Returning to high school adds its own set of anxiety-producing worries. Because children are now more mature, students are expected to take on greater responsibility for their own academic success. Many fear having harder classes, too much or too difficult homework. Even students who have scored well in the past may worry whether they’ll be able to make the grade with new subjects and new teachers. Social issues — Will I fit in? Who will be my friends? Who will I eat lunch with? — can quickly produce anxiety. Being ostracized or bullied only complicates the prospect of going back to school.

 How Parents Can Help

Back to School kids

Whether your child is starting preschool or kindergarten for the first time, or returning to school once again this fall, you can help them deal with the unwanted feeling of anxiety through mindful parenting techniques. Mindful parenting is the practice of being present with your child, bringing an attitude of curiosity and kindness – tuning into what is important. See below for a list of techniques you can practice with your child anytime they appear anxious.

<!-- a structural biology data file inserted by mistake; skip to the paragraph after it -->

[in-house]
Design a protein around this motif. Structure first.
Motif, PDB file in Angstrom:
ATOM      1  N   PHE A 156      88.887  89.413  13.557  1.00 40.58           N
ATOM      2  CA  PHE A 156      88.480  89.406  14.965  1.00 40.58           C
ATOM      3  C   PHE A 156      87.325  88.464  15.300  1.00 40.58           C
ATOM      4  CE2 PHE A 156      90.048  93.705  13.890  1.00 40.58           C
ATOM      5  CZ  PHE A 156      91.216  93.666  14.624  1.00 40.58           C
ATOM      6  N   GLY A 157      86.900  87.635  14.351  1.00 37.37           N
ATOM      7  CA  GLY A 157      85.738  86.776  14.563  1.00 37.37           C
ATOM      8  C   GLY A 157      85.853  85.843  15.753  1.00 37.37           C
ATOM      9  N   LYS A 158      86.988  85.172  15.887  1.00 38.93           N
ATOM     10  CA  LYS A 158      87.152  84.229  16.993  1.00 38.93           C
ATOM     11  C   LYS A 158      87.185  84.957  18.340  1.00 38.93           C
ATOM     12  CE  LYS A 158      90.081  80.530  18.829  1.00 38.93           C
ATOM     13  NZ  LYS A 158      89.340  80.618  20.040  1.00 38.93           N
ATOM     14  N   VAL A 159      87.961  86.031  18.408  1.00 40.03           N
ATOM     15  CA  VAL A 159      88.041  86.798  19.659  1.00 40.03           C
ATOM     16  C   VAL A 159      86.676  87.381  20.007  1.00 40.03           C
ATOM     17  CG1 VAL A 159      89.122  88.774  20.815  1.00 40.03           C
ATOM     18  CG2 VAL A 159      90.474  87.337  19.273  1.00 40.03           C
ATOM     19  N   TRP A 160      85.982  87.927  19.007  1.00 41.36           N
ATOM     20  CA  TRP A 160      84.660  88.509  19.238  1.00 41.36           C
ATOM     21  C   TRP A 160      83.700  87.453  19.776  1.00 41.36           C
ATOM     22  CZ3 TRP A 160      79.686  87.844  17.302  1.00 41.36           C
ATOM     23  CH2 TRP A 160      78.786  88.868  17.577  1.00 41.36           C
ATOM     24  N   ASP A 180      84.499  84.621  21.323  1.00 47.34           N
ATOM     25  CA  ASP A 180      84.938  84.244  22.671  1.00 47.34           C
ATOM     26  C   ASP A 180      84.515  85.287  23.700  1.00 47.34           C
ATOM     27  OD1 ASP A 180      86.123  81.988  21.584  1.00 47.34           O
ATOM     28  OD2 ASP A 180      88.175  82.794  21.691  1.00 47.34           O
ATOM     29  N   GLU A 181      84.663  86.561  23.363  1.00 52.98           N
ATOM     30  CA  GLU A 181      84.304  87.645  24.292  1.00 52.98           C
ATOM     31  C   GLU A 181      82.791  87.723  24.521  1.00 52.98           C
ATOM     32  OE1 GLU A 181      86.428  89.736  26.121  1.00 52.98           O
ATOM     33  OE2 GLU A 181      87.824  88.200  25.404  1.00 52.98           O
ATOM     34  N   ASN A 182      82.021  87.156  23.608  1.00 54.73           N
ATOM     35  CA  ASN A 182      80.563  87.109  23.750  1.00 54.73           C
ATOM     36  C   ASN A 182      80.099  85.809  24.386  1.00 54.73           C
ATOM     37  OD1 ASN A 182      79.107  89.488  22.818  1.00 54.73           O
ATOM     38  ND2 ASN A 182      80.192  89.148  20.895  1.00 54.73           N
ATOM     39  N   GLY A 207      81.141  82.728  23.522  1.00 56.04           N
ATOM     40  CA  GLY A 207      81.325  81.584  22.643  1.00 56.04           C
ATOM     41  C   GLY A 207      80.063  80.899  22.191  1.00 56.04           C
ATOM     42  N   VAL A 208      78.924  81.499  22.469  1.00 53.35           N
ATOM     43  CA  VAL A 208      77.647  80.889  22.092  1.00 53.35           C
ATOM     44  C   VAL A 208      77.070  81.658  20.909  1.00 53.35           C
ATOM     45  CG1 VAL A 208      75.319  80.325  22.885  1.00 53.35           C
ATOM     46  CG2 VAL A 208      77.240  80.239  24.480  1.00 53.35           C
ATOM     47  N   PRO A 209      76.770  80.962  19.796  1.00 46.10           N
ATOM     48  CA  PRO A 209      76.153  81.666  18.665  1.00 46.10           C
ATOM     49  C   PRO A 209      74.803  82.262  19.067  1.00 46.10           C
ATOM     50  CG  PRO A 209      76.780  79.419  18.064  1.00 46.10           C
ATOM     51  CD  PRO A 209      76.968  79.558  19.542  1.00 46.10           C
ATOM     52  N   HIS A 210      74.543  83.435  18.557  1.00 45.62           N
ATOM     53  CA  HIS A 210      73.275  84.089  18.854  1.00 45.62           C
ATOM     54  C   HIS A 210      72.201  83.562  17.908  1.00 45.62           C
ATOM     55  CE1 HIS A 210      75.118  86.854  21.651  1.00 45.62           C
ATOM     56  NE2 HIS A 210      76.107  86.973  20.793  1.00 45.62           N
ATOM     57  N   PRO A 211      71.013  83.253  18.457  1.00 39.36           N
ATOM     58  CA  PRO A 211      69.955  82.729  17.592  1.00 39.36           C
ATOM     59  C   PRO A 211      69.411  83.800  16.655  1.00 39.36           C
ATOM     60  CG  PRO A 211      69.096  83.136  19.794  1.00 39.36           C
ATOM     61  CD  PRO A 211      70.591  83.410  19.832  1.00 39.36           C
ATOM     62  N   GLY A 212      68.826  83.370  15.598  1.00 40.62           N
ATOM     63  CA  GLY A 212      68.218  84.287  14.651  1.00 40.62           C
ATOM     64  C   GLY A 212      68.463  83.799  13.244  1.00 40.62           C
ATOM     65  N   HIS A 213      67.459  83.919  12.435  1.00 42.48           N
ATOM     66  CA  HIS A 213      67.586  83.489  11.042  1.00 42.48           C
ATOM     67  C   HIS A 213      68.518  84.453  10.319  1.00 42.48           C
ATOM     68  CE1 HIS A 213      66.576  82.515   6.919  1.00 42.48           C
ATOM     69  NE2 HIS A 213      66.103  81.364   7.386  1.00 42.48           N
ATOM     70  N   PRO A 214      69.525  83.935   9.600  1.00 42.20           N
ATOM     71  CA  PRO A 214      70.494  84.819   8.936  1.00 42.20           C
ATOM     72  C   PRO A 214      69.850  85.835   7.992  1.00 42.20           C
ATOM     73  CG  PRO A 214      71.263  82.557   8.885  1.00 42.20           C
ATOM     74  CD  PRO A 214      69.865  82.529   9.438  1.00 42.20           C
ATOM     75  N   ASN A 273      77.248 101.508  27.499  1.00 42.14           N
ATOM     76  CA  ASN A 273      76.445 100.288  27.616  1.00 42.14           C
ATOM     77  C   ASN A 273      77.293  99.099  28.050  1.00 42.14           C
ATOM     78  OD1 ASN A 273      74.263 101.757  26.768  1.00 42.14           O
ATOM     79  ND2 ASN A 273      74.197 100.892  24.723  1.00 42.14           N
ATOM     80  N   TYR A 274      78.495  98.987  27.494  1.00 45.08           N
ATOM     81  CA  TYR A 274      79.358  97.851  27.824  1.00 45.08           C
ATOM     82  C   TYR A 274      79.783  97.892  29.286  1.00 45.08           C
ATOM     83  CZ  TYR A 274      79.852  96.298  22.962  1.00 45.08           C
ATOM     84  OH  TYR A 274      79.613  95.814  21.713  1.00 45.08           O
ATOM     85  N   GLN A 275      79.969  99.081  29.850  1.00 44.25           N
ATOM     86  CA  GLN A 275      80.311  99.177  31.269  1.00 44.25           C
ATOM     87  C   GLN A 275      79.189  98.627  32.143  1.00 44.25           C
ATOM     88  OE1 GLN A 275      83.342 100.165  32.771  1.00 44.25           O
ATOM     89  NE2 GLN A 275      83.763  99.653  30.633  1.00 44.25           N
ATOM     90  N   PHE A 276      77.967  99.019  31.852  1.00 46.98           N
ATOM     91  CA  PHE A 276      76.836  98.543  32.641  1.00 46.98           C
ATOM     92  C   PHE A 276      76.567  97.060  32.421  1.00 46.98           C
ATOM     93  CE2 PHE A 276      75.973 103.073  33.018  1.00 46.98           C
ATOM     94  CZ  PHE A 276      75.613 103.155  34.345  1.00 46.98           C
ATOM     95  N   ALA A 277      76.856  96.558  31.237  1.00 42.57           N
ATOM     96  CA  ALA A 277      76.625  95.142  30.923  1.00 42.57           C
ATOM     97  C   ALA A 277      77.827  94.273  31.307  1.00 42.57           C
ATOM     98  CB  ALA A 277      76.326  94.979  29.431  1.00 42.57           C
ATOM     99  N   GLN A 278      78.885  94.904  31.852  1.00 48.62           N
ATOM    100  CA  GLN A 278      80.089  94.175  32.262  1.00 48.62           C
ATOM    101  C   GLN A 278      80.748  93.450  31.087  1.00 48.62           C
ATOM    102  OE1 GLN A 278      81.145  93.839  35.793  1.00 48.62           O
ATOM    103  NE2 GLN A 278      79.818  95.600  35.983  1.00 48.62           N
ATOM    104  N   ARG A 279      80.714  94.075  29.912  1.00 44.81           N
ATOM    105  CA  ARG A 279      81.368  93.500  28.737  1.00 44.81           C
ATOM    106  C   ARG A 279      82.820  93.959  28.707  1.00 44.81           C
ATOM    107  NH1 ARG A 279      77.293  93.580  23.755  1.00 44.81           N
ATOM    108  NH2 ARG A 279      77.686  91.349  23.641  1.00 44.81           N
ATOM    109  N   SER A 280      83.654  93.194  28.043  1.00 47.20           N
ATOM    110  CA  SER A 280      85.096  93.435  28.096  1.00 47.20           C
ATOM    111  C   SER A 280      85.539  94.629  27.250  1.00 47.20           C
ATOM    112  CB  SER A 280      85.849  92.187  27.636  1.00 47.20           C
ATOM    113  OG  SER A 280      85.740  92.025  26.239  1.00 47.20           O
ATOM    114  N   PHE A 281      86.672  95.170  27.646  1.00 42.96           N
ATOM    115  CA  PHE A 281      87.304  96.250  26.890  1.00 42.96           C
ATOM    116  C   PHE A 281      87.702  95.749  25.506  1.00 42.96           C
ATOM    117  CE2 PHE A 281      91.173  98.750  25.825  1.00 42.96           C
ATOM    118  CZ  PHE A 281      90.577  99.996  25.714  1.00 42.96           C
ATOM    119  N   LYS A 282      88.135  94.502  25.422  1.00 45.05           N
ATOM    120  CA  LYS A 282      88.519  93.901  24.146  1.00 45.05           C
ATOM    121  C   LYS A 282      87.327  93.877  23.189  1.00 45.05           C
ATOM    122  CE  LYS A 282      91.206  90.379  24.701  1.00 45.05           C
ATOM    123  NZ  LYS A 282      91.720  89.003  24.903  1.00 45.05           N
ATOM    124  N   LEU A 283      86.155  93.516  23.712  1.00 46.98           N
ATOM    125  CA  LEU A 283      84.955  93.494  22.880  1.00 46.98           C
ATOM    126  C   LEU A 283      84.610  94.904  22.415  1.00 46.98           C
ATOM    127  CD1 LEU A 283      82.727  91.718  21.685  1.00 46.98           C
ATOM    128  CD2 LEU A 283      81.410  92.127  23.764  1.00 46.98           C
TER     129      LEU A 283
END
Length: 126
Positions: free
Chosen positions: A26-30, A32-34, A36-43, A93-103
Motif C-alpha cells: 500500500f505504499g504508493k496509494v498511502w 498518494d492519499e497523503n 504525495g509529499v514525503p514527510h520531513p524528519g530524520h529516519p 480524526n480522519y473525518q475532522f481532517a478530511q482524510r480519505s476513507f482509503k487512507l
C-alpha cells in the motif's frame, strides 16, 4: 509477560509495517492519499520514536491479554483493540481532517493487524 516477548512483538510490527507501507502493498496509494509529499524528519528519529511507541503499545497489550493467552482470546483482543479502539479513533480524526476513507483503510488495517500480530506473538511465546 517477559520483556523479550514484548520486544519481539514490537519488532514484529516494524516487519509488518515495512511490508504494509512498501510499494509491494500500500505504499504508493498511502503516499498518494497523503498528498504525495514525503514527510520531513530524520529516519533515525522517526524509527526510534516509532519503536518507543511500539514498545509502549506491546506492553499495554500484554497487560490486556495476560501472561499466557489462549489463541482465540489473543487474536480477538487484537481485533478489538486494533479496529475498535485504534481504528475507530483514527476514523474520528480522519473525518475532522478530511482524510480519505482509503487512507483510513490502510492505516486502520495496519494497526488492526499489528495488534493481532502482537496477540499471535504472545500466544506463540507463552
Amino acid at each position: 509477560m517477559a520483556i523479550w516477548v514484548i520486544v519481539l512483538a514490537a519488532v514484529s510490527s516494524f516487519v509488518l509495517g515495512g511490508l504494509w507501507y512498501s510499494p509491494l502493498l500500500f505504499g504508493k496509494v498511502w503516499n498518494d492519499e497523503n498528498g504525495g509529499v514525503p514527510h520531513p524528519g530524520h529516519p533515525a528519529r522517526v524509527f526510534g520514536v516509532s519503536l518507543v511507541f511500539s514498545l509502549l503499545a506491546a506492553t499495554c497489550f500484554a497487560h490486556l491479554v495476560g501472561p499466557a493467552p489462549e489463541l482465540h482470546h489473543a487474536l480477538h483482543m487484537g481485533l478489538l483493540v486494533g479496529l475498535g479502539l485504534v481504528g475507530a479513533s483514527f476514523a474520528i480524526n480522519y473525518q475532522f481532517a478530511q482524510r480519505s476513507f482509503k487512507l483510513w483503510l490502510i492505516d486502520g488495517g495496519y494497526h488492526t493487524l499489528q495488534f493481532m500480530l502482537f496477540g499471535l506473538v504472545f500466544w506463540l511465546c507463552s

Acknowledge the Anxiety

Many of us—children included—spend long hours ruminating and worrying about negative and fearful things in our lives. Worrying about what might go wrong and expecting past negative experiences to resurface in our future lives both contribute to anxiety.

When you notice your child is anxious consider how your presence can help. During times of anxiety parents can tune into their child and listen to what their child has to say about their feelings. Parents can then help their child understand that anxiety is natural and it’s normal to experience it at every age and stage of life. The opportunity of being there with your child as they acknowledge their anxiety can be a time for connection and open discussion.